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Nov 11, 2009

religious mixed dancing (video)

video of the recent Sanz Klausenberg wedding. I didn't know they did the mixed dancing thing..

11 comments:

  1. in it's own way I thin this is really sweet. Not my thing, but very sweet none the less.

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  2. if I'd have tried that at my wedding I probably wouldve been put in cherem

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  3. Is there a prescribed amount of time where (I assume it was he) the chattan dances with the kallah? Does the man in white (the rebbi?) always come in?

    The chattan seemed unaware of the next move (or is that part of the minhag as well?
    KT
    Joel Rich

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  4. sure, exactly 1 minute- that is the nice thing about the digital counter at the bottom ;)

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  5. I agree with daf. If they tried either of those 2 dances here in chicago, someone would probably be shot on the spot and HATAV would certainley stop playing immediatley!

    OTOH, it's nice to see both dances and certainley shows a lot of respect to the Kallah (even though I am sure she is personally embarrassed and feels awkward)

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  6. I'm more shocked by all the women attending her and that flimsy mechitzah.

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  7. I always think that chassidim stand a far better chance than the rest of us at being normal. I think it was Rav Aryeh Levin who would go to the other side of the wedding as a guest and wish the mothers mazal tov - now we think the mechitza is a halachic boundary.

    And they have it right dancing for the kallah - after all the mitzvah is to make the kallah happy. Doesn't do much good to keep her on the other side the entire time and just dance with the boys - she gets a tired and sweaty chosson at the end....

    By the misnagdim if one Rav says it's ok everyone wonders if the other three biggies do also, or quotes a kupah ad that implies to the contrary etc. If the Chassidic Rebbe says it's fine, the chassidim see it as a mitzvah to follow their Rav.

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  8. Leah - at every simcha I go to, if I know the wife/mother, I always cross the mechitza and go to say mazel tov

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  9. Simply put- this is known as a 'Mitzvah Tantz'

    At this point a gramen is sung in yiddish and the Rov/ Rebbe and all the male members of the family get to dance with the Kallah.

    Note: The Rebbe/ Rov and all males other than the father of the Kallah and the Chosson use a gartel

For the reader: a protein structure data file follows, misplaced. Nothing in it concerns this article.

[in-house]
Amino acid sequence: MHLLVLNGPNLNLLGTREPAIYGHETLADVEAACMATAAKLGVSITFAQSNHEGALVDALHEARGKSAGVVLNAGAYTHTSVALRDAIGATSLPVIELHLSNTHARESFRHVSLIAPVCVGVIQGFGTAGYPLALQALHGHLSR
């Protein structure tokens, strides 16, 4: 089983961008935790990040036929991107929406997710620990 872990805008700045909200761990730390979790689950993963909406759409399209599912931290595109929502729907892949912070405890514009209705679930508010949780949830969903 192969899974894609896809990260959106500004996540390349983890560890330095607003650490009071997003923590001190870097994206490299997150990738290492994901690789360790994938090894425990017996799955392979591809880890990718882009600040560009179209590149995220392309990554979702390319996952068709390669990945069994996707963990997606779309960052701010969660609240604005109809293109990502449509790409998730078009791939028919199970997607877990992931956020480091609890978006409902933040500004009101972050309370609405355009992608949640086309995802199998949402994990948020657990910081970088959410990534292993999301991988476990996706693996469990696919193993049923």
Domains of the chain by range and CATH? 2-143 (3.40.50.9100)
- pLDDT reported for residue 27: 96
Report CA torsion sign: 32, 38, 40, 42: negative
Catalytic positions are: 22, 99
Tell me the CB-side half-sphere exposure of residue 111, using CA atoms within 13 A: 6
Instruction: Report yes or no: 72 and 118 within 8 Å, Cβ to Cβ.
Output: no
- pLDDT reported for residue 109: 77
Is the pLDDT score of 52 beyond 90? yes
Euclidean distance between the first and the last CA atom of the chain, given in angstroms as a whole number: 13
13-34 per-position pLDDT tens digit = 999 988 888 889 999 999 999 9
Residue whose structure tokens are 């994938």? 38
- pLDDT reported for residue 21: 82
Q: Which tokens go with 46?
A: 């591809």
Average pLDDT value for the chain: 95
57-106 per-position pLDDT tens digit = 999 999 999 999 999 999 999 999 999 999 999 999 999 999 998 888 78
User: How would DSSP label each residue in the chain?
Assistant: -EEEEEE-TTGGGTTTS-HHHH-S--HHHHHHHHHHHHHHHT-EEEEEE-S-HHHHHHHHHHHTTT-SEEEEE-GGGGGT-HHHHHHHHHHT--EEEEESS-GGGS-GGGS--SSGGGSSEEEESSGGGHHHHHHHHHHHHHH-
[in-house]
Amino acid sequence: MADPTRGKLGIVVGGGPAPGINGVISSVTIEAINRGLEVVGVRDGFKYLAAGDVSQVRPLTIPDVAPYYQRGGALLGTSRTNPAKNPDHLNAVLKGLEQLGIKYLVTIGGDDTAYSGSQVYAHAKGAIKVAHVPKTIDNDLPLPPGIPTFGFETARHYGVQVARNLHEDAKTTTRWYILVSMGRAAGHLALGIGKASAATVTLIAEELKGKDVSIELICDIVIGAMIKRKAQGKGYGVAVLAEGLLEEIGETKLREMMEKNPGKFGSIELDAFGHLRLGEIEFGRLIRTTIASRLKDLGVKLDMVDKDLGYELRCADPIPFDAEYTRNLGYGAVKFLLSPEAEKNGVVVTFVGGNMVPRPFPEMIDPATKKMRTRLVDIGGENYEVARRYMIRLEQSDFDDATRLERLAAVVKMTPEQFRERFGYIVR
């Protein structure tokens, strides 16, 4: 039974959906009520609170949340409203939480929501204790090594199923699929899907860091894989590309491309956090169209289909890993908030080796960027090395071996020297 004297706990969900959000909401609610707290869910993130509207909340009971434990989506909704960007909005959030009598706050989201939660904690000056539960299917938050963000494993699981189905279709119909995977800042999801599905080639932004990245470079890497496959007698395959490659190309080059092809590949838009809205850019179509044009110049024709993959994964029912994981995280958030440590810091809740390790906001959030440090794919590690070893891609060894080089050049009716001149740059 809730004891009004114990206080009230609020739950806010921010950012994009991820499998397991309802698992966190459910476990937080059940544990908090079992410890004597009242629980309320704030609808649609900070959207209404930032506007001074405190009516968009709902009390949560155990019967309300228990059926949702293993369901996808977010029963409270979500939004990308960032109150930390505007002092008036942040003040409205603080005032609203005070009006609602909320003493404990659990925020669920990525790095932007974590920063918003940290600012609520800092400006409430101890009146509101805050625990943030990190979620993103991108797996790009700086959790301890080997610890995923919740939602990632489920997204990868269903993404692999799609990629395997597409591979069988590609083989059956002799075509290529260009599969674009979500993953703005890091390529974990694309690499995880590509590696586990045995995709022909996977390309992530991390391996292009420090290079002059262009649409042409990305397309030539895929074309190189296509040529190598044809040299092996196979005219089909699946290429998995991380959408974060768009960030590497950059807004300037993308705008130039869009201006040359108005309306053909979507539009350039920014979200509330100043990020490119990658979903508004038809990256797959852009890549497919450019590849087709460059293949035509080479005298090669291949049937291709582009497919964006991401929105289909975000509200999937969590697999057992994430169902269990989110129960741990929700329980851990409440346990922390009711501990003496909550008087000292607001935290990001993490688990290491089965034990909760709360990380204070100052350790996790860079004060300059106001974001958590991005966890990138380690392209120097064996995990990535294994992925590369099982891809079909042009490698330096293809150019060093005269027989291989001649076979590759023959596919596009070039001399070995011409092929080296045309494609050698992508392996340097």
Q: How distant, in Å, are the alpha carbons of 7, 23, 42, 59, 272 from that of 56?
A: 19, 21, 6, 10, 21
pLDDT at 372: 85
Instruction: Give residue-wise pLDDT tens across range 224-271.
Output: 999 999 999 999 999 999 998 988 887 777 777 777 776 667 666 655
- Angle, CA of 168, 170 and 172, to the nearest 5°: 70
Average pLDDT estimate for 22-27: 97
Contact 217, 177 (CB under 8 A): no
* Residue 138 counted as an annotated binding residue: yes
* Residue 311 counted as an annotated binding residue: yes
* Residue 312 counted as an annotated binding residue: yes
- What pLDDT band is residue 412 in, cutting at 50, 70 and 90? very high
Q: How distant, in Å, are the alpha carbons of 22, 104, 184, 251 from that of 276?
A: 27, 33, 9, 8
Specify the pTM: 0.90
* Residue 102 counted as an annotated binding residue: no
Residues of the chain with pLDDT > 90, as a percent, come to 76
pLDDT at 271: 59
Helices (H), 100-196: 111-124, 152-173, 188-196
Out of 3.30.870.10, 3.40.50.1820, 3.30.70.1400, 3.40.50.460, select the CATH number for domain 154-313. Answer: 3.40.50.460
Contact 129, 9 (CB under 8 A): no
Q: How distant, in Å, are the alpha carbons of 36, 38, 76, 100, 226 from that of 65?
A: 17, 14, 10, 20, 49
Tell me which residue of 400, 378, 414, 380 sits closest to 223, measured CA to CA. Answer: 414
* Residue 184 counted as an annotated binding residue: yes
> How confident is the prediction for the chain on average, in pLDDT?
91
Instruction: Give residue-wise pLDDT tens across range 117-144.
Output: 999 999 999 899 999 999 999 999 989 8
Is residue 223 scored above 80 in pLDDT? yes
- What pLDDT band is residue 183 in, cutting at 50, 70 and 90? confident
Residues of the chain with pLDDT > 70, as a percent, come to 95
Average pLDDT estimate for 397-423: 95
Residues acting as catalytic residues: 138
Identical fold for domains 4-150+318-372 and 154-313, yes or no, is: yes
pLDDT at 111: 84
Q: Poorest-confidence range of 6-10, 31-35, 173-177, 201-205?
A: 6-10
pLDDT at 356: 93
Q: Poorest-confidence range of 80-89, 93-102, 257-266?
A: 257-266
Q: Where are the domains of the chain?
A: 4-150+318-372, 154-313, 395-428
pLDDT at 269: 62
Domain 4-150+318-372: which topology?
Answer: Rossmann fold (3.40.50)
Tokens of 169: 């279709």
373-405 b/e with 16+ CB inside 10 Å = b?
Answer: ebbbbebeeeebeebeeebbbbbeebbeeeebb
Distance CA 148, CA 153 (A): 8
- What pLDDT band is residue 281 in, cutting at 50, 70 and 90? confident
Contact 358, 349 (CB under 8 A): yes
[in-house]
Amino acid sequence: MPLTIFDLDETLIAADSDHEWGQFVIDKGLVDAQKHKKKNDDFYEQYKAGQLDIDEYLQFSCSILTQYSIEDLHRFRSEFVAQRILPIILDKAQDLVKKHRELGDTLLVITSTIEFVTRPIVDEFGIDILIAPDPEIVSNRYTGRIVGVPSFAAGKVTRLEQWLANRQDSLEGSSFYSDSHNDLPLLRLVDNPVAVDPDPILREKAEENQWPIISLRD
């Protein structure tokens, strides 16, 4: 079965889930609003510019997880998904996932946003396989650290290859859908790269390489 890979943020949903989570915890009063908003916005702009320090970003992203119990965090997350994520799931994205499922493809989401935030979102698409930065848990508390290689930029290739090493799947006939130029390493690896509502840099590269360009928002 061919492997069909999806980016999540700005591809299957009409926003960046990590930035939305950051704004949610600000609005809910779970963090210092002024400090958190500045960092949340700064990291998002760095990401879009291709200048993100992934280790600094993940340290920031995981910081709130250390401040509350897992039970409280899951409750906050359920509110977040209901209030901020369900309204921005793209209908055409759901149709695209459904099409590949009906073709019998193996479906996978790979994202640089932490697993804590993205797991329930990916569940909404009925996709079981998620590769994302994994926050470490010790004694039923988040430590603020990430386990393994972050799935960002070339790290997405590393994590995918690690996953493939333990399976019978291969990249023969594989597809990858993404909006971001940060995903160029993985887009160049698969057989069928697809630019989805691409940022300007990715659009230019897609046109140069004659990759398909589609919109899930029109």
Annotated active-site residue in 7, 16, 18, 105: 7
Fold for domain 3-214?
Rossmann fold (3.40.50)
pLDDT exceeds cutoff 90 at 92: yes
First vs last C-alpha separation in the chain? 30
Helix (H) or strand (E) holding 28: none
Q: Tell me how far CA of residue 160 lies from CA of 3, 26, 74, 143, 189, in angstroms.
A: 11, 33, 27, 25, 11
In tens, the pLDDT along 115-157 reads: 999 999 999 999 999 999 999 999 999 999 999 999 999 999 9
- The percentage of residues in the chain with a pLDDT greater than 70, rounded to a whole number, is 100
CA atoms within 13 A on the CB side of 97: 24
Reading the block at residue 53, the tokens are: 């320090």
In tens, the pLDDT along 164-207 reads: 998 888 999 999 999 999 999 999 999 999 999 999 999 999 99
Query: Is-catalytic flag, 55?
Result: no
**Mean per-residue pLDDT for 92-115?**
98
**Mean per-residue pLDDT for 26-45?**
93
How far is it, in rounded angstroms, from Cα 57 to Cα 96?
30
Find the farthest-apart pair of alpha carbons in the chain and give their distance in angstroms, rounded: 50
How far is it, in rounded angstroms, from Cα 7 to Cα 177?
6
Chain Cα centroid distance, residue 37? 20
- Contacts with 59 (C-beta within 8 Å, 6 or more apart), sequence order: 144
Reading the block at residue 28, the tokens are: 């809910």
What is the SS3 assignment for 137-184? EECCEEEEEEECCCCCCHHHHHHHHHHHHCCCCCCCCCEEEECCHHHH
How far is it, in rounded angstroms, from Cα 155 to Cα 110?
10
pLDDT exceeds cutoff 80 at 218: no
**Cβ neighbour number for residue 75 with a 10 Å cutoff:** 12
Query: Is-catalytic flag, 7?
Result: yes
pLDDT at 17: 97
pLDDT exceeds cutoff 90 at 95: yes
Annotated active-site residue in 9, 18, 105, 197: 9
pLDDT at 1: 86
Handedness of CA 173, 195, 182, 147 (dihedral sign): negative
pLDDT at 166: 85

The person gramening exalts the person called to dance by pointing out his yichus/ financial prowess/ learning capability/ chesed/ kahal work etc

    After each person dances individually (a couple min or so, depending) with the Kallah in a sombre manner - the Chosson and others jump in and dance before the Kallah.

    Having done it myself (my wife family are Hungarian)- it is rather special for the girl, particularly dancing with her father and Zeides

    However, there are a few things that are very hard to explain. The Mechitza which needs to be bullet proof is all of a sudden gone and the men and women sit across the hall from each other in direct eye contact.

    The Gramaning too is a little far fetched as the guy is obviously paid handsomely and is willing to embelish the truth regarding the individuals involved. Sometimes, if you listen carefully enough, you find out that somehow mysteriously you are a ben achar ben of some famous identity. This person is usually known but not unbelievable. E.g. They won't say your an eihr einikel of Noam Elimelech but rather of somone like the Mishkolts Rebbe (someone who never really existed, but believalbe). If you pay lots of money, all bets are off. You could end up being ben achar ben from the Gra/Baal Shem Tov/ Chasam Sofer and RSRH all the same time

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  10. Growing up in Williamsburg, I attended a number of chassidish weddings. What Anon describes is what I remember, except for I remember the choosin using a gartel to dance with his kallah as well.

    I found this video oddly moving.

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  11. Beautifully put, Baila. Foreign to me, kind of like I was an anthropologist observing, but moving and a nice glimpse into a way of life. Kind of like the first time I saw a henna ceremony with all of the changes in costume, the different music and interesting gender-based roles for that event.

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